The XXW isn’t all about interning and archive movie nights – it’s also about roller coasters, water slides, and Lin-Manuel Miranda. Check out these pictures from this week’s field trips: Kings Dominion & Soak City on Wednesday, and a trip Virginia Repertory Theatre to see Lin-Manuel Miranda’s (first) Tony-winning smash hit musical, In the Heights.
Kings Dominion & Soak City
Kings Dominion was a brand new experience for several of our campers. Apparently, not everybody in the entire world enjoys the particular exertions of roller coasters as, perhaps, I might. I still can’t quite believe that, but it’s true.
Luckily, the park has all sorts of other rides and attractions — definitely enough variety for everyone to enjoy themselves.
I didn’t want to be pushy or crazy, but I couldn’t help myself when it came to Topher’s vague fear/general disinterest with roller coasters. I mean, I have five favorite things and one of them is roller coasters (the other four are Batman, Shakespeare, the Beatles, and brains — for those of you keeping score at home) which I used to be absolutely terrified to ride. I was around the campers’ age when a friend tricked me into going on my first coaster (long story) and though I nearly had a heart attack while being strapped in, the moment that coaster shot off, it was all over for me. I was hooked, and I’ve stayed hooked.
So of course my favorite thing about the day was Topher’s change of heart. Though he entered the park as a dues-paying member of the “No Thrill Rides for Me, Please” contingent, he walked out many hours later an impassioned convert to the Court of Coasters. Welcome, dude. We’re gonna have so much fun over the course of the rest of your life.
The day was hot (and the Capels were abroad) so the water slides and lazy river were a refreshing treat. The arcade had giant pigs (Vicky’s favorite) as a prize for making a successful half court shot (Vicky did not — but she tried!), we got to see a show called “Cirque” (after which several of us decided to immediately drop the study of Shakespeare in order to pursue trapeze artistry). And for the thrill-seekers, short lines lets us get in a whole bunch of the biggest, baddest, berzerkiest rides available.
After a long, hot, wonderfully exhausting day of hurling ourselves through the air at dizzying heights and dazzling speeds with nothing but a lap bar or a nylon seat belt or an inner tube separating our frail human bodies from certain death, we needed sustenance. The human affinity for daredevil acts of reckless, wonderful stupidity (what will the aliens say when they see roller coasters? “you repeatedly defy the automatic survival instinct and place your lives in the hands of machines, straps, and teenage Cedar Park employees… why?” Because we can, aliens. Because we can.) is quite exhausting, after all. It’ll be worth it, though, just to see the look on the aliens’ snarglefrioux, or whatever they have in place of a “face.”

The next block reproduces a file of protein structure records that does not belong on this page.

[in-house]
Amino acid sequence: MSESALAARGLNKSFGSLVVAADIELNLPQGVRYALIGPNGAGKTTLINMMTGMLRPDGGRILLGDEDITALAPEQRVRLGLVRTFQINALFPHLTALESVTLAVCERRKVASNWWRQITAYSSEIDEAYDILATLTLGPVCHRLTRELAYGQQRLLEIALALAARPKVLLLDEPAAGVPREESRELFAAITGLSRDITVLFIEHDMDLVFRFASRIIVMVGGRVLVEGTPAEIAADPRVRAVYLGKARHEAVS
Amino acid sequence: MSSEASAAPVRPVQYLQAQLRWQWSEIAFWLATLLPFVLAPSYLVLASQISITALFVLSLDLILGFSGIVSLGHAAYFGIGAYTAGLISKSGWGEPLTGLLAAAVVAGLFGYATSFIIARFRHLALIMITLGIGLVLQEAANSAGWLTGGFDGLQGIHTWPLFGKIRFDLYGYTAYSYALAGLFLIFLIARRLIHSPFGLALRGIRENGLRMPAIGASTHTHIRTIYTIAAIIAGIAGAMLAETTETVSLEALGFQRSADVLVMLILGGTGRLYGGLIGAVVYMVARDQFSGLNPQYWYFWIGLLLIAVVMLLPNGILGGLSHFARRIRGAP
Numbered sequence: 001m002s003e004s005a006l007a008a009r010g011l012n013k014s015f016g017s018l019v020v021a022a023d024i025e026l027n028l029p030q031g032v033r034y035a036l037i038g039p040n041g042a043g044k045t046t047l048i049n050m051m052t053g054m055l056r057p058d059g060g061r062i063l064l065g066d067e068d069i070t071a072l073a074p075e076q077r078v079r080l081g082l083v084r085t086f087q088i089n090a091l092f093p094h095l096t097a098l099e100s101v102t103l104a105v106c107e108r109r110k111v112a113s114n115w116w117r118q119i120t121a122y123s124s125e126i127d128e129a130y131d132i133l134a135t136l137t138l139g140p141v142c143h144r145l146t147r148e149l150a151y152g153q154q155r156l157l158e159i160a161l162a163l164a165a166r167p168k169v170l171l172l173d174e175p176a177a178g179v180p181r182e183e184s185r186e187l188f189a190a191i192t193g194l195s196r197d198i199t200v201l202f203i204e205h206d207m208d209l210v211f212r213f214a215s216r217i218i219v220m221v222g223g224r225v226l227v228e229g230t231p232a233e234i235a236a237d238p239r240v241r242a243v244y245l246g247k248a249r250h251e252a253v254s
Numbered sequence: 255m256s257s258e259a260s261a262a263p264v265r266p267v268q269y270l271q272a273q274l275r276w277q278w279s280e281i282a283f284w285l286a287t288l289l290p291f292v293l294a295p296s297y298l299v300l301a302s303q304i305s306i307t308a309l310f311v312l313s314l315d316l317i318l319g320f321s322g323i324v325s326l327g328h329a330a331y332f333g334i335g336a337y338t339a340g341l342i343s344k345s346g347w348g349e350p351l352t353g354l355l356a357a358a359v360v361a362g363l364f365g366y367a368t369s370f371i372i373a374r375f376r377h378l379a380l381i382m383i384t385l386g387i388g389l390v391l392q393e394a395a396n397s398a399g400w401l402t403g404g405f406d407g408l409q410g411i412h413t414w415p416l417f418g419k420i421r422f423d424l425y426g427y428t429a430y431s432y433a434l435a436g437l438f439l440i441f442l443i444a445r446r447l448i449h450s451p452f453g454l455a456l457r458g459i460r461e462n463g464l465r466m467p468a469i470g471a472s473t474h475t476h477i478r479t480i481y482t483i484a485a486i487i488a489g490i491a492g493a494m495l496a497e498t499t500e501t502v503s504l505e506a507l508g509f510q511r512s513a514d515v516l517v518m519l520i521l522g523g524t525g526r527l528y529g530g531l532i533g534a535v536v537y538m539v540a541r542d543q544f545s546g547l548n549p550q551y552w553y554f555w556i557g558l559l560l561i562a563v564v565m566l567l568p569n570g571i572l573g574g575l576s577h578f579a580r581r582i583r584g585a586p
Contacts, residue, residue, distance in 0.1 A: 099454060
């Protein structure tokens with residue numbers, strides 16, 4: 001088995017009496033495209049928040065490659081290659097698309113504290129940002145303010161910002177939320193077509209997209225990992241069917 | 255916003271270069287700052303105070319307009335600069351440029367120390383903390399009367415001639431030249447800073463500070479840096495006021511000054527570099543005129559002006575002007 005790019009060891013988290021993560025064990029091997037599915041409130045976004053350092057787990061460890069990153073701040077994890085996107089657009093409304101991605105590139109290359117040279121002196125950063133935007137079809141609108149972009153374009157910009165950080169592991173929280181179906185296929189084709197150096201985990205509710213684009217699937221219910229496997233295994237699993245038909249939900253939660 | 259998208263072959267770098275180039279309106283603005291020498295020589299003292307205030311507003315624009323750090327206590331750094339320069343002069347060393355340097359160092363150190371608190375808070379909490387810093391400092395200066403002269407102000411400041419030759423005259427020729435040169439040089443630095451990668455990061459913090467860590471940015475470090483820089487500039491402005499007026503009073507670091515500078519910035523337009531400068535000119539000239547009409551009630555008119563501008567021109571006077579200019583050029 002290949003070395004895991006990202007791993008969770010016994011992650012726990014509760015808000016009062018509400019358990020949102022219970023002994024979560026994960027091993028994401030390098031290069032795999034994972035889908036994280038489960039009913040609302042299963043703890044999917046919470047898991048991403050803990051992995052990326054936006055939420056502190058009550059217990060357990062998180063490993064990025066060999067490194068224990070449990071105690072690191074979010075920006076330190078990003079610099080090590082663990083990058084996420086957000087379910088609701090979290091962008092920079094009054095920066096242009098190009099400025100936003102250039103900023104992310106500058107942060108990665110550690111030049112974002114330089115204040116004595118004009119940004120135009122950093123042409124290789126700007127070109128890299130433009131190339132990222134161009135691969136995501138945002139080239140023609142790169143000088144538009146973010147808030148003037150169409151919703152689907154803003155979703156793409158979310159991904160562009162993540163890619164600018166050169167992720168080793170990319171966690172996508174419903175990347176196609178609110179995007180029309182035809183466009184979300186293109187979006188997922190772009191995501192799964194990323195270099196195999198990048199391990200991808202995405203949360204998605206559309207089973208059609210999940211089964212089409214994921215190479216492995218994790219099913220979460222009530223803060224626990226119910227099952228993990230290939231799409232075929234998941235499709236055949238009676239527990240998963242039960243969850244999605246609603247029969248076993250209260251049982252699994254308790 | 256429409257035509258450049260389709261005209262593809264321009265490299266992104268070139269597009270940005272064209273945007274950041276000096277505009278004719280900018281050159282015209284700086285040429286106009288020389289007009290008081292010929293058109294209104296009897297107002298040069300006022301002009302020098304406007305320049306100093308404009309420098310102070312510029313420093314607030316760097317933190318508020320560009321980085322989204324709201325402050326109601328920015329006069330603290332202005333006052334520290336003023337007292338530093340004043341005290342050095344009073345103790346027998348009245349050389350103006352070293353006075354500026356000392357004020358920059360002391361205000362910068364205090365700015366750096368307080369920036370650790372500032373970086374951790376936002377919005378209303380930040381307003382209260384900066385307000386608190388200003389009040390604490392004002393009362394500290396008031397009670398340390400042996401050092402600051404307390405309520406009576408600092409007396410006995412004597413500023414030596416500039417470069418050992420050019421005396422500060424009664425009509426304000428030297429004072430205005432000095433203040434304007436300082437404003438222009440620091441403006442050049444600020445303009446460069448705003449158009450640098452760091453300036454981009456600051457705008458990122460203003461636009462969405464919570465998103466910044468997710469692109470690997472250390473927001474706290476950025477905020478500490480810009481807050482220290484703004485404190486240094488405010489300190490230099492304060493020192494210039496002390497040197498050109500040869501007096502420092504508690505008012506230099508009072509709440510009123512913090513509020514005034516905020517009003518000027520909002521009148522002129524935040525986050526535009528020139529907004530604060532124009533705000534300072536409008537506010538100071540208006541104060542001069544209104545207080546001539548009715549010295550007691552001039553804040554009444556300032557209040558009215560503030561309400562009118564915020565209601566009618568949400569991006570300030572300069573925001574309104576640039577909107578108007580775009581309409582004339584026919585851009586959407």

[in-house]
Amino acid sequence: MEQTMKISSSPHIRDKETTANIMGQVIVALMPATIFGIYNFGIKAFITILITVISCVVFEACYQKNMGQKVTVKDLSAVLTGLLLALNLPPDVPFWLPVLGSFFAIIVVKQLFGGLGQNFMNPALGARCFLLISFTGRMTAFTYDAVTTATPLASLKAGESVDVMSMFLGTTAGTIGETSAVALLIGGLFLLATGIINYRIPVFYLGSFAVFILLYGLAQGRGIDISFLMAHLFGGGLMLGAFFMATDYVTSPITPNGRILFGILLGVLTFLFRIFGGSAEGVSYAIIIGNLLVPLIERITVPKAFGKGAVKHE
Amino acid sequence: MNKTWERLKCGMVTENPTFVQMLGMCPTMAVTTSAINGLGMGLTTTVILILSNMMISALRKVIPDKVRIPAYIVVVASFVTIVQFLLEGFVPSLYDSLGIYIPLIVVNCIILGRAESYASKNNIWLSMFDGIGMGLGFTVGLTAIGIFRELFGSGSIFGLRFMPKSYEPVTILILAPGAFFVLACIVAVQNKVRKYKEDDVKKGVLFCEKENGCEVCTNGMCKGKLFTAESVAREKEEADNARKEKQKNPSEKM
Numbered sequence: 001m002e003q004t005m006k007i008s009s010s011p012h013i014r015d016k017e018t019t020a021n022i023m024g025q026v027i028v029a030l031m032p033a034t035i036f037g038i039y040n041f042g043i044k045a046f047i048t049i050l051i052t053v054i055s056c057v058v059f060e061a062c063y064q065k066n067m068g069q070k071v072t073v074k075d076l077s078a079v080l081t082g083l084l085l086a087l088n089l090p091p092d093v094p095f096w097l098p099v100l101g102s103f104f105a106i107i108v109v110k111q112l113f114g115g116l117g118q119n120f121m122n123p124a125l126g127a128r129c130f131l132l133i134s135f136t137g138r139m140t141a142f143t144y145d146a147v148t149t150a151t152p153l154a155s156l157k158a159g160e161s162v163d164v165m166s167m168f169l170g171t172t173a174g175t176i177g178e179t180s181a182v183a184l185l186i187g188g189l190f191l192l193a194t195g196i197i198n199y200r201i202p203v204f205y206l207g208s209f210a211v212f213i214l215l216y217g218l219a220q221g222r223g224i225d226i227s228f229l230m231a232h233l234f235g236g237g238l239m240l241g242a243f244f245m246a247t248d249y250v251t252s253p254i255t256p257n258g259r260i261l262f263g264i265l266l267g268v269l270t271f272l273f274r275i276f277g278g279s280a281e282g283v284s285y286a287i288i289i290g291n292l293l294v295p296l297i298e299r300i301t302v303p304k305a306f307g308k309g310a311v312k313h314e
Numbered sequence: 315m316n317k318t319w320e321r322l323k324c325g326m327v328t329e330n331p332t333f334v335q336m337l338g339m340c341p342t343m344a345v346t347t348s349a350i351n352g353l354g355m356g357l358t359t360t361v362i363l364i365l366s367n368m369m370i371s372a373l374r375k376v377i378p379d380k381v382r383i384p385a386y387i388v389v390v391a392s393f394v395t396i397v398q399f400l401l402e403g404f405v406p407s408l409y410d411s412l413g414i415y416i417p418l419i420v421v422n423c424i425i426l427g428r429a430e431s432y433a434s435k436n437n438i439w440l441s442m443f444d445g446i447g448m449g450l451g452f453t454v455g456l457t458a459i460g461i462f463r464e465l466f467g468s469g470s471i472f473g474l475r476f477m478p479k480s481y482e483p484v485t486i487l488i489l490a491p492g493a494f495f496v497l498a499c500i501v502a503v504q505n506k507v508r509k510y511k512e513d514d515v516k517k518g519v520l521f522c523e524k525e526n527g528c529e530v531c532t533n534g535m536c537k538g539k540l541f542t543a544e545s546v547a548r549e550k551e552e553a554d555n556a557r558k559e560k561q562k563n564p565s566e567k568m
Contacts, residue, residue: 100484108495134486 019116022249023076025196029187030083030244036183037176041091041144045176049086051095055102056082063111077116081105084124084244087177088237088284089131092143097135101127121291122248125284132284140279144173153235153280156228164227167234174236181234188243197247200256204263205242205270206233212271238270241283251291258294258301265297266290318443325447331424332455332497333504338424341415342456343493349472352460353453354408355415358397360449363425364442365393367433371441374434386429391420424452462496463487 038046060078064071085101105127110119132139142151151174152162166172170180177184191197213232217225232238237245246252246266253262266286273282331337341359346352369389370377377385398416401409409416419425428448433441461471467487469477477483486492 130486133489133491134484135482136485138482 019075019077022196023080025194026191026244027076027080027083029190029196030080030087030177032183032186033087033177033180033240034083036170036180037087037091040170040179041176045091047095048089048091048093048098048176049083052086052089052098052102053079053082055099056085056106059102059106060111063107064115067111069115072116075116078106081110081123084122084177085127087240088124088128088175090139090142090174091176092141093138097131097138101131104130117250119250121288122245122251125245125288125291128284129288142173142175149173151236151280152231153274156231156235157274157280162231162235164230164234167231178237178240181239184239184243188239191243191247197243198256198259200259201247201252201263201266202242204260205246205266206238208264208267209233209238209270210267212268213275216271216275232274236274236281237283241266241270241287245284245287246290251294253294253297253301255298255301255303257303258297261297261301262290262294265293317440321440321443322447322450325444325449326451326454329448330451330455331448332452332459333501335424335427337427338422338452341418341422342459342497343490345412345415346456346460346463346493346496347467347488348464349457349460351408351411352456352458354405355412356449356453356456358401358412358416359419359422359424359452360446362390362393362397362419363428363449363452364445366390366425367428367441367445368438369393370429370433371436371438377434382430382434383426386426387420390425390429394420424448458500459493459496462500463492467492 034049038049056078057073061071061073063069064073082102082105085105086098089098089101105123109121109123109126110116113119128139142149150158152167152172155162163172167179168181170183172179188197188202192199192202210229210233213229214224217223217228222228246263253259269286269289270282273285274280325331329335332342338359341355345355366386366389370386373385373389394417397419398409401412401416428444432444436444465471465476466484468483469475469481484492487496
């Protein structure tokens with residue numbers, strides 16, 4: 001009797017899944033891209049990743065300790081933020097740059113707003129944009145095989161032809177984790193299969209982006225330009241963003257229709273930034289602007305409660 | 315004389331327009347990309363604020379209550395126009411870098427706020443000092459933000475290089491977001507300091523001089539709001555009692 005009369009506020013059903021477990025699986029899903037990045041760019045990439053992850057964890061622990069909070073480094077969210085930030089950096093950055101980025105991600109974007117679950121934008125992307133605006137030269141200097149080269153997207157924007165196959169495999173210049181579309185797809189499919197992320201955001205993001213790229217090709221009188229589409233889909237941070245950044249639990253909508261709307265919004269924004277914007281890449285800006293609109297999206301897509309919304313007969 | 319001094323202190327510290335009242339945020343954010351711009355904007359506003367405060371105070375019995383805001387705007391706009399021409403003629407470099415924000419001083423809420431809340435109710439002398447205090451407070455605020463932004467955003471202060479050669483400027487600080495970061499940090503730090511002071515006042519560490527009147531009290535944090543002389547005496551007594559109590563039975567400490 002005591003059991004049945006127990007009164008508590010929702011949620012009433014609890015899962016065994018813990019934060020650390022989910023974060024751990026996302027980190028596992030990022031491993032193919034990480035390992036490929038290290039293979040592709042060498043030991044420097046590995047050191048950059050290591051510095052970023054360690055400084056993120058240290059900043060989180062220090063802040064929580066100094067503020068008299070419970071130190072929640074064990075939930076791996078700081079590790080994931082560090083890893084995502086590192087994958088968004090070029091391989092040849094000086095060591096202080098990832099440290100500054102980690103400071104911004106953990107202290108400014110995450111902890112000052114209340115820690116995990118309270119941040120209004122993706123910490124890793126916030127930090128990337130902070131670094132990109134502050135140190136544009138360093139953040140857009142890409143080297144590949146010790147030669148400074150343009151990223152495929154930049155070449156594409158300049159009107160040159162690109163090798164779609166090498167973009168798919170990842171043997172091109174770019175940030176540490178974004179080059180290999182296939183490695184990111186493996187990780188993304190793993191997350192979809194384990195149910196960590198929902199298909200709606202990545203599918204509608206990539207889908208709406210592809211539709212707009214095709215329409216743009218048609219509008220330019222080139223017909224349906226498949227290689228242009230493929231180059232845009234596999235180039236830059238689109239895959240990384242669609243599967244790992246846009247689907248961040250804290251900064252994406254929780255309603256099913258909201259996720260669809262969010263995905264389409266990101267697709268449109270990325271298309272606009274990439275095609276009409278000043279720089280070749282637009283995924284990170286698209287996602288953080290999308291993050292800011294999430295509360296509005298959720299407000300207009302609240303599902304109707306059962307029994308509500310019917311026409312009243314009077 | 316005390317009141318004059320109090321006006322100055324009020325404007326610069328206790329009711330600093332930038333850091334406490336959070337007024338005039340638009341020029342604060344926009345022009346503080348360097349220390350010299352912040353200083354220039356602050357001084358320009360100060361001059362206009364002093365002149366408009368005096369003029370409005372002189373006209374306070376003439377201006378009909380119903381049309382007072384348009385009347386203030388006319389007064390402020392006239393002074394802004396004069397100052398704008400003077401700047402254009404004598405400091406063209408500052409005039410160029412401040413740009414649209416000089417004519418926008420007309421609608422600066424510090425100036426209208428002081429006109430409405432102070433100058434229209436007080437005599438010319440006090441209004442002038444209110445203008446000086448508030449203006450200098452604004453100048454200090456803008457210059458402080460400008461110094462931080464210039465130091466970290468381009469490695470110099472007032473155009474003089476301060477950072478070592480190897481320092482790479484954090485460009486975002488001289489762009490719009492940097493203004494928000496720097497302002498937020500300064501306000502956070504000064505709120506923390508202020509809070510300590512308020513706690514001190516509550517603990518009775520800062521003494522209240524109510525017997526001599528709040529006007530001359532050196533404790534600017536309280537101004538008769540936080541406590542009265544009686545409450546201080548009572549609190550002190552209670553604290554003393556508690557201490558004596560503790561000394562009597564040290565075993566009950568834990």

All that to say, on the way back to Staunton, we stopped for a quick Chik-fil-a fix.
In the Heights at Virginia Repertory Theatre
The next night, we went back to Richmond to see In the Heights. It was a brand new experience for me, an ardent opponent of musical theatre in most of its forms (except opera, operettas like Sweeney Todd and hip-hoperas like Hamilton, apparently) but that’s what the week is all about, right?
We wanted these campers to see something significantly separate from what they’ll be seeing, rehearsing, performing, and living over the next three weeks – someplace where they do it with the lights off! Except on the (proscenium) stage, where there are all sorts of crazy lights and smoke machines and a big ol’ set and all sorts of other things we never use at the ASC — but that doesn’t mean we don’t like them. We also really like Catherine Smith, an ASCTC alum now working at Virginia Rep. We surprised her by bringing a little touch of camp into her day.
We choose to explore a particular methodology when it comes to putting on plays written 400 years ago by Shakespeare and his contemporaries. We’ve also found that our peculiar little method happens to work quite well for other plays as well — ones written by the contemporaries of drama 200 years ago, or 20 years ago, or 2 years from now (check out Shakespeare’s New Contemporaries to learn more about that). We quite like what we’ve come up with. We also quite like the infinite variety of choices within Shakespeare that allow his plays to work within the framework of any theatrical methodology you could imagine, and love to see our fellow Shakespearean companies around the world explore those choices in performance.
We also recognize that Shakespeare was not the world’s only playwright, Early Modern England not the only era in which humans wrote plays, nor iambic pentameter the only kind of heightened language that works so well on the stage. We want our campers to experience everything, not just the particular magic we have to offer at the Blackfriars Playhouse with Shakespeare’s text and technology. I think we made a big step in that direction — though I’m sure there’s a whole lot more everything out there for us to experience.